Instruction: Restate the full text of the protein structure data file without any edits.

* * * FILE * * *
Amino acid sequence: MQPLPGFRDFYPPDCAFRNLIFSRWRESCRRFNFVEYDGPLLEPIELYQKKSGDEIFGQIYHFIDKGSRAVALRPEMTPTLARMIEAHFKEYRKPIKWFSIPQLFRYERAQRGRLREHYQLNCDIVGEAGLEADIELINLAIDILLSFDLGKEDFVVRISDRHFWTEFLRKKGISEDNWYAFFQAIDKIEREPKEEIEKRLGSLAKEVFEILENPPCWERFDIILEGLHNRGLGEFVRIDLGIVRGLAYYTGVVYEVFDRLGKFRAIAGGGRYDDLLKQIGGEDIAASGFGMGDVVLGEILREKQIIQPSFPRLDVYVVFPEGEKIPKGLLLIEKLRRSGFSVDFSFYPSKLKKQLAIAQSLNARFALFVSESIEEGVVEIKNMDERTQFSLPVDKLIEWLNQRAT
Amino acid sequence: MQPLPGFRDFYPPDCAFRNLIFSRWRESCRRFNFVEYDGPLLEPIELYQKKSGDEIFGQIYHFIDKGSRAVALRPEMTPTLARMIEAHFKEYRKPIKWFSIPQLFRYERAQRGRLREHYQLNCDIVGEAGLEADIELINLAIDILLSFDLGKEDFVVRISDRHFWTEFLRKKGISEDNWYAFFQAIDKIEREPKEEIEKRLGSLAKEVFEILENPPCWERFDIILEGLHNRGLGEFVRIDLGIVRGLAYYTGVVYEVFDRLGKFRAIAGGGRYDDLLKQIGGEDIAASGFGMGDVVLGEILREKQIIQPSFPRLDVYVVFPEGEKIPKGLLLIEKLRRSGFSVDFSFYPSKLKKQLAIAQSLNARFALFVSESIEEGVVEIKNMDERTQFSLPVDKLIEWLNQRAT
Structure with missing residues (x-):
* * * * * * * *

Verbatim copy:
Amino acid sequence: MQPLPGFRDFYPPDCAFRNLIFSRWRESCRRFNFVEYDGPLLEPIELYQKKSGDEIFGQIYHFIDKGSRAVALRPEMTPTLARMIEAHFKEYRKPIKWFSIPQLFRYERAQRGRLREHYQLNCDIVGEAGLEADIELINLAIDILLSFDLGKEDFVVRISDRHFWTEFLRKKGISEDNWYAFFQAIDKIEREPKEEIEKRLGSLAKEVFEILENPPCWERFDIILEGLHNRGLGEFVRIDLGIVRGLAYYTGVVYEVFDRLGKFRAIAGGGRYDDLLKQIGGEDIAASGFGMGDVVLGEILREKQIIQPSFPRLDVYVVFPEGEKIPKGLLLIEKLRRSGFSVDFSFYPSKLKKQLAIAQSLNARFALFVSESIEEGVVEIKNMDERTQFSLPVDKLIEWLNQRAT
Amino acid sequence: MQPLPGFRDFYPPDCAFRNLIFSRWRESCRRFNFVEYDGPLLEPIELYQKKSGDEIFGQIYHFIDKGSRAVALRPEMTPTLARMIEAHFKEYRKPIKWFSIPQLFRYERAQRGRLREHYQLNCDIVGEAGLEADIELINLAIDILLSFDLGKEDFVVRISDRHFWTEFLRKKGISEDNWYAFFQAIDKIEREPKEEIEKRLGSLAKEVFEILENPPCWERFDIILEGLHNRGLGEFVRIDLGIVRGLAYYTGVVYEVFDRLGKFRAIAGGGRYDDLLKQIGGEDIAASGFGMGDVVLGEILREKQIIQPSFPRLDVYVVFPEGEKIPKGLLLIEKLRRSGFSVDFSFYPSKLKKQLAIAQSLNARFALFVSESIEEGVVEIKNMDERTQFSLPVDKLIEWLNQRAT
Structure with missing residues (x-):